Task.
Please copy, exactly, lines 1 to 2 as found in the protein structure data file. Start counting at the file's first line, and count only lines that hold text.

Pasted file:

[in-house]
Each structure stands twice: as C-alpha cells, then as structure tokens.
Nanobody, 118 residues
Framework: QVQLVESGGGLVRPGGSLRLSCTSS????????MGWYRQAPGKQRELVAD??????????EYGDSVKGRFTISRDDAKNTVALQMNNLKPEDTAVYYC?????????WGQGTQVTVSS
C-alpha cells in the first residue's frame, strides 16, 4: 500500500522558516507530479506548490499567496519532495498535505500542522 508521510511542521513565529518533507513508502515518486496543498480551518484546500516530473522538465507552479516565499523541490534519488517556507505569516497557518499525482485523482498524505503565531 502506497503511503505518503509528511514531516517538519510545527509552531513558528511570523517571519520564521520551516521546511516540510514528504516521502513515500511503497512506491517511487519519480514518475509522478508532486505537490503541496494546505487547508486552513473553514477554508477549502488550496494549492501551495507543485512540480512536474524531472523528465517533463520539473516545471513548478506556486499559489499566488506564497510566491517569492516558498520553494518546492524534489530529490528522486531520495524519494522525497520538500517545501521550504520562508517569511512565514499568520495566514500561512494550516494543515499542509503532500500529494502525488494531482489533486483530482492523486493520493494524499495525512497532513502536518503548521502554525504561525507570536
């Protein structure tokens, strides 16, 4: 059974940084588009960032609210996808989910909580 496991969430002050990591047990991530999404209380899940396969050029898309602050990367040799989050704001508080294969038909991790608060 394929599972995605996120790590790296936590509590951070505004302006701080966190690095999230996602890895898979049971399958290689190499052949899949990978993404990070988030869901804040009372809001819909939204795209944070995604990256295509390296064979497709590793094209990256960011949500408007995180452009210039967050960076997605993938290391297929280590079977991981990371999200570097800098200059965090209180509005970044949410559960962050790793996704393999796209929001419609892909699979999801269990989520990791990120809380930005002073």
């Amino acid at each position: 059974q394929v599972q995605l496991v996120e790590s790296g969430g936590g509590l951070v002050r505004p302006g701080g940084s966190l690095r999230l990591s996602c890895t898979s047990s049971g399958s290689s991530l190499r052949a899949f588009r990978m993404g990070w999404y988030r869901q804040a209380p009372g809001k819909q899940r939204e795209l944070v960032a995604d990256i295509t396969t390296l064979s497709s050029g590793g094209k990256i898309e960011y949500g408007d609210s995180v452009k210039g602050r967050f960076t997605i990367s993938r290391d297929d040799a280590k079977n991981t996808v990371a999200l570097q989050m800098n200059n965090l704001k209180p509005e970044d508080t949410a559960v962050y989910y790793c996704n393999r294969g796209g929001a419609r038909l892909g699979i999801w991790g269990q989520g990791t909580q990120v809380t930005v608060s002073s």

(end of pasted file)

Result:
[in-house]
Each structure stands twice: as C-alpha cells, then as structure tokens.